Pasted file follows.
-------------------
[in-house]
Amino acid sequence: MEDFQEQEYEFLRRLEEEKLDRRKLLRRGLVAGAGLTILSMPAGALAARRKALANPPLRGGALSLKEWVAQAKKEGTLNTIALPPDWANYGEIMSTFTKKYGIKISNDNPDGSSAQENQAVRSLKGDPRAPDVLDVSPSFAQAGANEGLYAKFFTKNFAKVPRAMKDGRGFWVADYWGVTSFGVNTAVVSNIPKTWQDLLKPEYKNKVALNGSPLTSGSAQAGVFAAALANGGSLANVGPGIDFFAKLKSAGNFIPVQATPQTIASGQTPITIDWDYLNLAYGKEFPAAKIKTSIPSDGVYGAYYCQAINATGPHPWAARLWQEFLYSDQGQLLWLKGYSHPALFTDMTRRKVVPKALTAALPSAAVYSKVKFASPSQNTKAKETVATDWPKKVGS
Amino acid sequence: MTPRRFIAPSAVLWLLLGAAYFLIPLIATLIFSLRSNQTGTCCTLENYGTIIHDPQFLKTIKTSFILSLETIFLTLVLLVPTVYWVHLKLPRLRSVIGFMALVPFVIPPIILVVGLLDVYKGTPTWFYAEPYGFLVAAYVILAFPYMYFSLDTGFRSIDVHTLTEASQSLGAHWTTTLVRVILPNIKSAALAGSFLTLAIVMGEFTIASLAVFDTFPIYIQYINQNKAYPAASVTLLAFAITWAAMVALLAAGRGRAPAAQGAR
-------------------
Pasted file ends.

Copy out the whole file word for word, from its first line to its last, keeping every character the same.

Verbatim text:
[in-house]
Amino acid sequence: MEDFQEQEYEFLRRLEEEKLDRRKLLRRGLVAGAGLTILSMPAGALAARRKALANPPLRGGALSLKEWVAQAKKEGTLNTIALPPDWANYGEIMSTFTKKYGIKISNDNPDGSSAQENQAVRSLKGDPRAPDVLDVSPSFAQAGANEGLYAKFFTKNFAKVPRAMKDGRGFWVADYWGVTSFGVNTAVVSNIPKTWQDLLKPEYKNKVALNGSPLTSGSAQAGVFAAALANGGSLANVGPGIDFFAKLKSAGNFIPVQATPQTIASGQTPITIDWDYLNLAYGKEFPAAKIKTSIPSDGVYGAYYCQAINATGPHPWAARLWQEFLYSDQGQLLWLKGYSHPALFTDMTRRKVVPKALTAALPSAAVYSKVKFASPSQNTKAKETVATDWPKKVGS
Amino acid sequence: MTPRRFIAPSAVLWLLLGAAYFLIPLIATLIFSLRSNQTGTCCTLENYGTIIHDPQFLKTIKTSFILSLETIFLTLVLLVPTVYWVHLKLPRLRSVIGFMALVPFVIPPIILVVGLLDVYKGTPTWFYAEPYGFLVAAYVILAFPYMYFSLDTGFRSIDVHTLTEASQSLGAHWTTTLVRVILPNIKSAALAGSFLTLAIVMGEFTIASLAVFDTFPIYIQYINQNKAYPAASVTLLAFAITWAAMVALLAAGRGRAPAAQGAR